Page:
Tuesday, October 18, 2011

Does the TM Act need an amendment vis-a-vis GIs?

Certification marks per S. 2(c) of the Trade Marks Act, 1999, extensively defines its ambit to include a variety of goods and services that satisfy the standards set by the proprietor of the certification mark.

The legislation on Geographical Indications, namely The Geographical Indications of Goods {Registration and Protection} Act, (hereinafter the GI Act), to me, seems to be a branch out of the rationale behind certification marks, albeit to a niche segment of goods.

To put it somewhat crudely, the definition of “goods” that are protectable under the Act as a GI, appears to be a subset of the subject matter of certification marks. The provisions dealing in certification trademarks and the definition section of the GI Act, clarify that the scope of the certification trademark is broader than that of the GI Act, the latter focusing on agricultural goods, handicrafts and so on. However, the Trade Marks Act has not been amended to expressly exclude GIs, registered under the GI Act.

In fact, it is interesting to observe that the two Acts appear somewhat similar in nature. The most pertinent similarity, and in my opinion rightly so, is that the absolute grounds of refusal under S. 12(2) Trade Marks Act, 1999 are reiterated nearly verbatim, under S. 9 of the GI Act.

The overlap between the legislations, tends to create some unrest. If one were to consider the example of Darjeeling tea, which was earlier registered as a certification trademark, and was later registered as India’s first GI, the need for an express amendment appears somewhat clear.

The dispute on the international platform regarding the use of Darjeeling tea as a trademark received much attention, especially since jurisdictions including the United States grant registration to certification marks, but do not have an exclusive legislation governing the protection of GIs. However, little has been said about the overlap in the Indian trademark and GI legislation.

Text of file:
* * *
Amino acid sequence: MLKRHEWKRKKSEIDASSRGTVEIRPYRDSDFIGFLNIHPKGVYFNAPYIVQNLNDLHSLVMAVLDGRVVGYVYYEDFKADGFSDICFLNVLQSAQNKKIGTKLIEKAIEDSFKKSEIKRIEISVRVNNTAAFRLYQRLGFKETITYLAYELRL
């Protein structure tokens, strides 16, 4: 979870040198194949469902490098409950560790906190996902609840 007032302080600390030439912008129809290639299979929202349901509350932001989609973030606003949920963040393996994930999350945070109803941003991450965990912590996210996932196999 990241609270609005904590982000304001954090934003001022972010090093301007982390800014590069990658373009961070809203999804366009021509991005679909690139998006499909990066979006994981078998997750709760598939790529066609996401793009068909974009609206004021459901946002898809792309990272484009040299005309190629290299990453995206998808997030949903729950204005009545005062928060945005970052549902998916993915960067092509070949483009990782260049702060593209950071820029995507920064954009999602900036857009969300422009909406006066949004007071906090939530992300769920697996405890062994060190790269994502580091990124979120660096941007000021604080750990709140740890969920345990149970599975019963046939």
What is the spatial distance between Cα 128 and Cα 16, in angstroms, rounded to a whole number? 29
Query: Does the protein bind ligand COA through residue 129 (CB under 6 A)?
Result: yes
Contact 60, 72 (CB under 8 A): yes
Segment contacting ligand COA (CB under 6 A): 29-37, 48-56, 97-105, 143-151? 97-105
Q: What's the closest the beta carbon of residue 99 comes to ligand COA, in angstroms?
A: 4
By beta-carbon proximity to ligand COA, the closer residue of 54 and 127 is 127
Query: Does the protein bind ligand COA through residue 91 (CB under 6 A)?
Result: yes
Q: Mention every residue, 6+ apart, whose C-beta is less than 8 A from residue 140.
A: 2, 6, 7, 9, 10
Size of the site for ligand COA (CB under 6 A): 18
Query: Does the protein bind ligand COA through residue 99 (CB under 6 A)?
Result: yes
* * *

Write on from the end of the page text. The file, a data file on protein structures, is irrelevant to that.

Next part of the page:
Needless to say, the Trade Marks Act, has in place a well instituted system of opposition. Further, the Act also under S. 25 allows the removal of trademarks, albeit having no mention of improper subject matter being registered.

While the grounds for relative grounds of refusal of a trademark under S. 11(3) disallows in general , registration of anything as a trademark that is liable to be prevented by virtue of any law, in particular the law of passing off and the law of copyright, the provision seems to have no mention of the law on Geographical Indications in particular.

To me, this appears rather strange, since the law on trademarks and GIs seem to be more closely related to trade and commerce, than most.

If one were to attack the jurisprudential roots, the law on GIs appears to bear roots in the pre-seventeenth Roman society and the right of commons. A Roman Cive had several rights, and these rights were vested in him, not as an individual but as pater familias or head of the family. The individual enjoyed rights because it was believed that only thus could the general ends of the community be realized. He had no claim in the rights and did not enjoy right as a matter of right but was conferred in him to attain the community’ common purpose. These rights were restrictive in nature, restricted in depth and scope.

Drawing an analogy to the concept of Geographical Indications as practiced and administered, the right in an “authorized user” seems to stem out of the fact that he is a member of a community producing a craft, textile, agricultural product or any other object qualifying as the subject matter of registration. 

The right to use the GI tag is vested upon him by the Endowment Board, association or any other body that acts on his behalf as the registrant and the authorized user, as a consequence of being so, enjoys the right to further the common cause of the community viz. Commercial exploitation of the product through the use of the GI tag. In this regard, he does not enjoy the right as a matter of right, but as a member of the community with due restrictions placed upon his scope of use of the same.

Compared to this view, trademarks and other IP seem to confine to the concept of property as evolved with the “Theory of individuation” whereby the individual is demarcated as the bearer of the right.

This difference to my eyes is clarified all the more, because of the manner in which the Statement of Objects of the Acts are framed and hence an amendment seeking the express exclusion of GIs even more necessitated.

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